We all look forward to vacations and other extended breaks from our hectic work schedules, and fortunately, the case is building for the importance of these hiatuses. Research suggests that because normal work demands drain our limited physical and mental resources, employees need sufficient time to recharge their batteries if they are to operate at full capacity on the job.
THE RESEARCH STUDY
New research (Kuhnel & Sonnentag, 2011) shows that vacation time can positively impact employees’ psychological well-being when they return to the job. In their study, after returning from vacation, teachers tended to report high levels of work engagement and low levels of burnout. The benefits of vacation time, however, dropped off after about one month back on the job.
But why exactly do the benefits of vacations wear off over time? The authors found that job demands (e.g., student behavior problems, time pressure) slowly counteract the positive benefits of vacation time. However, the authors found that experiencing leisure time following vacation helps preserve the positive effects of vacation on employee well-being.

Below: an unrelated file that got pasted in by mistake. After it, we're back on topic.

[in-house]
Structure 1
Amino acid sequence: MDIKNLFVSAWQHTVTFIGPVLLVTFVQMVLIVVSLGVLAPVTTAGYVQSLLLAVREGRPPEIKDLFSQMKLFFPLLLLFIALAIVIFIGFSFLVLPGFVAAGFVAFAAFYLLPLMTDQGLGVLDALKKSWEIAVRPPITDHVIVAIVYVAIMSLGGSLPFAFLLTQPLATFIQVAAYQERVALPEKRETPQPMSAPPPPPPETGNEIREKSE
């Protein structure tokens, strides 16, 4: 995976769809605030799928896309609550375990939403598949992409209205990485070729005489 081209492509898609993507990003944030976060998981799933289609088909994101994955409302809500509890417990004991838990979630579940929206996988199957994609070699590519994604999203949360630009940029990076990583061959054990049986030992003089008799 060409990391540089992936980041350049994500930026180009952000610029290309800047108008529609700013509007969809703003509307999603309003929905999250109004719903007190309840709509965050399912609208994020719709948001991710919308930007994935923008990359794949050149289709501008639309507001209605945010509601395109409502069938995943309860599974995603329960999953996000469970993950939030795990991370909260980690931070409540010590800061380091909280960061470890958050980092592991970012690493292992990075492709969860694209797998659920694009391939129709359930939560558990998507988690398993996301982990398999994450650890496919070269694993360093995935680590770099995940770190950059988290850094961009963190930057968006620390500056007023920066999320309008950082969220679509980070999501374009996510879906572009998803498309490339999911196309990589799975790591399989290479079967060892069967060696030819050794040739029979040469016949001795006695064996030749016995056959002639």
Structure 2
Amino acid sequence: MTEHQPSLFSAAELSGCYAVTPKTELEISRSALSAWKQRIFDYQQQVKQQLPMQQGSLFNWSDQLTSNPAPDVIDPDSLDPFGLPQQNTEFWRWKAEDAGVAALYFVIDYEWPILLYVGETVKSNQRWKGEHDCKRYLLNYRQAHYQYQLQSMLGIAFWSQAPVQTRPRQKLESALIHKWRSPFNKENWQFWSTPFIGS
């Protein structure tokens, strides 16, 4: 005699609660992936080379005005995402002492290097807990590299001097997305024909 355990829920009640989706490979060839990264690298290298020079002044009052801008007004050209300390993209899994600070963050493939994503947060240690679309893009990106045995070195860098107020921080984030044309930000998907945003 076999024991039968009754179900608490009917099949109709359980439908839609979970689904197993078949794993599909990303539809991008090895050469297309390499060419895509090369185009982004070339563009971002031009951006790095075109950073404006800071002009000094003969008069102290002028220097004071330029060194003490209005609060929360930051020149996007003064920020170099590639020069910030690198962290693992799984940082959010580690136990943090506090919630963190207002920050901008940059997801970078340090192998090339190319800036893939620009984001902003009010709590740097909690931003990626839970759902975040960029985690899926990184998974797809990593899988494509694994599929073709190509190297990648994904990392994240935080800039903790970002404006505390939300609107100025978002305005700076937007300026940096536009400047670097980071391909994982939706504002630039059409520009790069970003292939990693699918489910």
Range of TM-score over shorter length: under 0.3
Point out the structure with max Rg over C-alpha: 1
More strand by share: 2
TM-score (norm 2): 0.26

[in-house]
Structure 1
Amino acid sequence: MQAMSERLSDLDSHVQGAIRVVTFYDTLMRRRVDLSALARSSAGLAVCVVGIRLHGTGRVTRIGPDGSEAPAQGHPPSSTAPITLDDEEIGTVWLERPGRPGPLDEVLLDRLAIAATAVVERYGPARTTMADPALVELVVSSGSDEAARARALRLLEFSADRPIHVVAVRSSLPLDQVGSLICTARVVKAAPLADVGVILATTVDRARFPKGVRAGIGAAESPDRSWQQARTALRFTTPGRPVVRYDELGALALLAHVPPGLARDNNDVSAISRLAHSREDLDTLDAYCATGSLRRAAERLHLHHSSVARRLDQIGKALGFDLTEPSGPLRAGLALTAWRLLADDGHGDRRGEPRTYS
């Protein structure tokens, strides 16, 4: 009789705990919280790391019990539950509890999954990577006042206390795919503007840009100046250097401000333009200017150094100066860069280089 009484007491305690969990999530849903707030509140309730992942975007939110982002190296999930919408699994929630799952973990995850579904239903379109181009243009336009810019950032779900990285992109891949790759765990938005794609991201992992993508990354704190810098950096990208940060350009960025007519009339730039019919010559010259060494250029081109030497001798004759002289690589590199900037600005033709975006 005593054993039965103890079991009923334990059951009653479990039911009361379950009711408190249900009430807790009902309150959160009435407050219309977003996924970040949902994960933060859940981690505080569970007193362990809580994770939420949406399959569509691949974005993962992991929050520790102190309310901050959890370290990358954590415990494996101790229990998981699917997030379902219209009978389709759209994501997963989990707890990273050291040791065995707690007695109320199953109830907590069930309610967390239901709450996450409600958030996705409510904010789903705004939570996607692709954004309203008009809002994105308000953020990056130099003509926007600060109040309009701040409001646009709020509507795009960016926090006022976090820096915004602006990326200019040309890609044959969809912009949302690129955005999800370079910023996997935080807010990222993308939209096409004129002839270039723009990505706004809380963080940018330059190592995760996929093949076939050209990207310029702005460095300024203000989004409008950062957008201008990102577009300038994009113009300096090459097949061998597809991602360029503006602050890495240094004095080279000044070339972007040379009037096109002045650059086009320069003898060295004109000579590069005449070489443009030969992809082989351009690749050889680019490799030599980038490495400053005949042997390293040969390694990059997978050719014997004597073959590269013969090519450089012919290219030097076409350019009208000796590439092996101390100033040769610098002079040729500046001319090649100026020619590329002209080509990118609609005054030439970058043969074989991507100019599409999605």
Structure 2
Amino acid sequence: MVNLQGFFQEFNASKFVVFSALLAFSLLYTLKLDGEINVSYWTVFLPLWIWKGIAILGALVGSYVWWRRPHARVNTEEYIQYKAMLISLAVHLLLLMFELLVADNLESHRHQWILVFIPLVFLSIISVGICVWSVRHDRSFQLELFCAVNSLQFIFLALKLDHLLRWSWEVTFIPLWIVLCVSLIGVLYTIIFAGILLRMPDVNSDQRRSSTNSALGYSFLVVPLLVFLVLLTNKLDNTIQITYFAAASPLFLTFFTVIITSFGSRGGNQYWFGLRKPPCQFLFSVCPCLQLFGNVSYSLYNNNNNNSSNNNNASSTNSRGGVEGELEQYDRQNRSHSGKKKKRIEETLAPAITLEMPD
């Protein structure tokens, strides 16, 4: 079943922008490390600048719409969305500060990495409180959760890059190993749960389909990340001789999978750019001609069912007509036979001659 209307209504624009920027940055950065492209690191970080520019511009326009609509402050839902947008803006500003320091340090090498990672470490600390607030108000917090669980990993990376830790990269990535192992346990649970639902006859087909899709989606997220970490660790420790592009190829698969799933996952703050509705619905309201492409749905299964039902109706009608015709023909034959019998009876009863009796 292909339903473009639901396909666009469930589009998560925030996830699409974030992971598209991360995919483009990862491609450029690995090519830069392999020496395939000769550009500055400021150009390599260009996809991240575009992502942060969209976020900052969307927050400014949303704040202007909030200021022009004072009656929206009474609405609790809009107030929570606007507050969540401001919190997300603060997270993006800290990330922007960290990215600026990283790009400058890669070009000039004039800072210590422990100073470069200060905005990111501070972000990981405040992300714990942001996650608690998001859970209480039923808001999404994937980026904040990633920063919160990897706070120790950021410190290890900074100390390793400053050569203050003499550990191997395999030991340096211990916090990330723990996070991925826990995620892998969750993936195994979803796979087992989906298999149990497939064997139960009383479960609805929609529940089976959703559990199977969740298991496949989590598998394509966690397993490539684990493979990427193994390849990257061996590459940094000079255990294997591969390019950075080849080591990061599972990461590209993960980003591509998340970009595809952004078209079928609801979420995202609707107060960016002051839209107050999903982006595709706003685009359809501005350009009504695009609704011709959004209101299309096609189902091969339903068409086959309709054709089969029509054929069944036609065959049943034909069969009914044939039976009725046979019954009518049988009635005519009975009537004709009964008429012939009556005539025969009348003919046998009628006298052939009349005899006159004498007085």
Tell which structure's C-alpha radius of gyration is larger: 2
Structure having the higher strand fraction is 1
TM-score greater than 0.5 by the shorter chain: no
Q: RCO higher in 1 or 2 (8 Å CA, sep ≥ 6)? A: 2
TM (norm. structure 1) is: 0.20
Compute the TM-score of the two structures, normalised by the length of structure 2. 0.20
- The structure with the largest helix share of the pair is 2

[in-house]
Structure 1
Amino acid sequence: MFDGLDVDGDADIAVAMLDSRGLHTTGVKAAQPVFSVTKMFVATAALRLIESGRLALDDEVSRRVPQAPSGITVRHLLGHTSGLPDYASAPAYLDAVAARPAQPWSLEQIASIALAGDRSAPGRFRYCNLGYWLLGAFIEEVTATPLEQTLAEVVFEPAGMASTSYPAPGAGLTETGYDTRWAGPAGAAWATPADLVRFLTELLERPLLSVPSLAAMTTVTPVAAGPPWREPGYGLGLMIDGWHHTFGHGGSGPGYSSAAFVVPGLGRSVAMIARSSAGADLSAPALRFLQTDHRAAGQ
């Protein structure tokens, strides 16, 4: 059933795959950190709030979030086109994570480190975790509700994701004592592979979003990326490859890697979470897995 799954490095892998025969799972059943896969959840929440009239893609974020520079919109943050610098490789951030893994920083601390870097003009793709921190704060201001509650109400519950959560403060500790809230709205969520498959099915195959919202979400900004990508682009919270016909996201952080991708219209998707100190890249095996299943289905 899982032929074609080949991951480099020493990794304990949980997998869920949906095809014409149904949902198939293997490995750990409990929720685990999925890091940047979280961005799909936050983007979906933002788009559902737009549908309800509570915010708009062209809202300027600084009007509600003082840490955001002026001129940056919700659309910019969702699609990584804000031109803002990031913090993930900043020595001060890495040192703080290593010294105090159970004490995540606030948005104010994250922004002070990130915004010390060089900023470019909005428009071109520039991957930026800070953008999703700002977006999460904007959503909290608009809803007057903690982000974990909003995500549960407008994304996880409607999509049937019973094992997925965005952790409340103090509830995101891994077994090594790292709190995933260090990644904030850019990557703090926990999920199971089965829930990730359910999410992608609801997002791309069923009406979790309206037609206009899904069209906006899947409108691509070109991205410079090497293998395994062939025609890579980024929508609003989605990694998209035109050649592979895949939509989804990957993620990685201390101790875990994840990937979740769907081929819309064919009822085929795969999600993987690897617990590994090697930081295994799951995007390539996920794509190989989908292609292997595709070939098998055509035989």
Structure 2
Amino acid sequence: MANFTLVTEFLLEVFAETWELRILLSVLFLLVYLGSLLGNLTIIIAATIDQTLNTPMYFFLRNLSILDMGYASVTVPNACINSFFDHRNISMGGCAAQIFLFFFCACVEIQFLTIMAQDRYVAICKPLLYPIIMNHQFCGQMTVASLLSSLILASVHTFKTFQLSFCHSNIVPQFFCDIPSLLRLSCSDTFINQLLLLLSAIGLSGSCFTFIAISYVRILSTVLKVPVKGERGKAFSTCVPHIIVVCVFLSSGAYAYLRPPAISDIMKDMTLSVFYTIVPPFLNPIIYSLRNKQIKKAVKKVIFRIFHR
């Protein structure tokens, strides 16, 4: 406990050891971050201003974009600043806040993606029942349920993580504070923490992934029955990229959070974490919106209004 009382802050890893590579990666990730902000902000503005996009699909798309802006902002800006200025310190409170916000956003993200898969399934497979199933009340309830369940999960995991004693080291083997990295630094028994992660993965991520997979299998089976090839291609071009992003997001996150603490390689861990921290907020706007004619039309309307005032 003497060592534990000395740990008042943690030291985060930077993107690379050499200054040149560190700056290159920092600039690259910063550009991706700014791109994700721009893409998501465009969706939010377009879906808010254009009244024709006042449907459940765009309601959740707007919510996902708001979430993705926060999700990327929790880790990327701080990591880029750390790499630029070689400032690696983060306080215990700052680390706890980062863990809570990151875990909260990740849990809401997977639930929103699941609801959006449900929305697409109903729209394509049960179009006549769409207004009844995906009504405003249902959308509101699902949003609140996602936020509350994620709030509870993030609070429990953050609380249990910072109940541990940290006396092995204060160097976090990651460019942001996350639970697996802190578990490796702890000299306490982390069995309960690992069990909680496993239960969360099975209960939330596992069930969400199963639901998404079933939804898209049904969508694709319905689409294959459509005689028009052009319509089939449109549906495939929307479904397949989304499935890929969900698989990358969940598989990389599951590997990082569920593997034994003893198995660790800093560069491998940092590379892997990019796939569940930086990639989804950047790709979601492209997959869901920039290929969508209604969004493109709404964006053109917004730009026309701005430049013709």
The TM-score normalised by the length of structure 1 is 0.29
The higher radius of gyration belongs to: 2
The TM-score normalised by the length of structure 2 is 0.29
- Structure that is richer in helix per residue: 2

Employees and organizations may stress the importance of taking an occasional vacation from work in lieu of financial or other rewards for not taking time off. It’s easy to see how the opportunity to recoup one’s physical and mental resources can be important for employee well-being, but from an organization’s perspective, this can ultimately impact employee job performance, as increased work engagement can lead to increased productivity and citizenship behavior (going the extra mile). Still, this research provides support for taking vacation time and recharging our batteries.
Kuhnel, J. & Sonnentag, S. (2011). How long do you benefit from vacation? A closer look at the fade-out of vacation effects. Journal of Organizational Behavior, 32(1), 125-143.
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